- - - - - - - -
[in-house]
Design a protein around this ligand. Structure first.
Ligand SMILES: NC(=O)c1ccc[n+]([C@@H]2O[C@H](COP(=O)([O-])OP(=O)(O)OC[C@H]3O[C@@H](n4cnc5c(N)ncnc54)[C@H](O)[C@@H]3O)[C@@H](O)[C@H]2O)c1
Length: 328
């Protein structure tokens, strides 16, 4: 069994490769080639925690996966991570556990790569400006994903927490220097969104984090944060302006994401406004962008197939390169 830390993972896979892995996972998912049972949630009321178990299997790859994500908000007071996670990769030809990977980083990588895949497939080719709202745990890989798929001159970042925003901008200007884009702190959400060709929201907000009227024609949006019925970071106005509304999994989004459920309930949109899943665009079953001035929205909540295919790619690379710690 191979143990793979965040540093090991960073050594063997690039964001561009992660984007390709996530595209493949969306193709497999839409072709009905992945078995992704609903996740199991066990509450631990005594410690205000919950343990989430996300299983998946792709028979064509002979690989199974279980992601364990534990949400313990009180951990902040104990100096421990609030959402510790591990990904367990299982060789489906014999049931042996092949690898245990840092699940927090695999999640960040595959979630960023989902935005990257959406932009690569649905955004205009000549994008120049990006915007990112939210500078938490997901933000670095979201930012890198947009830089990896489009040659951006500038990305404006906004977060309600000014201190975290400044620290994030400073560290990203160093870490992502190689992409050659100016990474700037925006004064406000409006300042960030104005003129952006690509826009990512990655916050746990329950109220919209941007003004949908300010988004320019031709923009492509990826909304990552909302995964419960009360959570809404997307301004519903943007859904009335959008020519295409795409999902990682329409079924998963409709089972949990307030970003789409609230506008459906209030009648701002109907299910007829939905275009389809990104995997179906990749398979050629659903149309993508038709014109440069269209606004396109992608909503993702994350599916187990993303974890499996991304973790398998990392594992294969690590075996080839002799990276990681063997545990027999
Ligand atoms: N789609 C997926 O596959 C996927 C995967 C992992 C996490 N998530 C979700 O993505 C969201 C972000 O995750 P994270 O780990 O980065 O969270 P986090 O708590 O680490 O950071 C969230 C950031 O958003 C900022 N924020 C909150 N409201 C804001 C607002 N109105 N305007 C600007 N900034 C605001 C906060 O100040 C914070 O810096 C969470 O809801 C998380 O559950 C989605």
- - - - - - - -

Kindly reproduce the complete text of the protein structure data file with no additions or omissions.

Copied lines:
[in-house]
Design a protein around this ligand. Structure first.
Ligand SMILES: NC(=O)c1ccc[n+]([C@@H]2O[C@H](COP(=O)([O-])OP(=O)(O)OC[C@H]3O[C@@H](n4cnc5c(N)ncnc54)[C@H](O)[C@@H]3O)[C@@H](O)[C@H]2O)c1
Length: 328
């Protein structure tokens, strides 16, 4: 069994490769080639925690996966991570556990790569400006994903927490220097969104984090944060302006994401406004962008197939390169 830390993972896979892995996972998912049972949630009321178990299997790859994500908000007071996670990769030809990977980083990588895949497939080719709202745990890989798929001159970042925003901008200007884009702190959400060709929201907000009227024609949006019925970071106005509304999994989004459920309930949109899943665009079953001035929205909540295919790619690379710690 191979143990793979965040540093090991960073050594063997690039964001561009992660984007390709996530595209493949969306193709497999839409072709009905992945078995992704609903996740199991066990509450631990005594410690205000919950343990989430996300299983998946792709028979064509002979690989199974279980992601364990534990949400313990009180951990902040104990100096421990609030959402510790591990990904367990299982060789489906014999049931042996092949690898245990840092699940927090695999999640960040595959979630960023989902935005990257959406932009690569649905955004205009000549994008120049990006915007990112939210500078938490997901933000670095979201930012890198947009830089990896489009040659951006500038990305404006906004977060309600000014201190975290400044620290994030400073560290990203160093870490992502190689992409050659100016990474700037925006004064406000409006300042960030104005003129952006690509826009990512990655916050746990329950109220919209941007003004949908300010988004320019031709923009492509990826909304990552909302995964419960009360959570809404997307301004519903943007859904009335959008020519295409795409999902990682329409079924998963409709089972949990307030970003789409609230506008459906209030009648701002109907299910007829939905275009389809990104995997179906990749398979050629659903149309993508038709014109440069269209606004396109992608909503993702994350599916187990993303974890499996991304973790398998990392594992294969690590075996080839002799990276990681063997545990027999
Ligand atoms: N789609 C997926 O596959 C996927 C995967 C992992 C996490 N998530 C979700 O993505 C969201 C972000 O995750 P994270 O780990 O980065 O969270 P986090 O708590 O680490 O950071 C969230 C950031 O958003 C900022 N924020 C909150 N409201 C804001 C607002 N109105 N305007 C600007 N900034 C605001 C906060 O100040 C914070 O810096 C969470 O809801 C998380 O559950 C989605």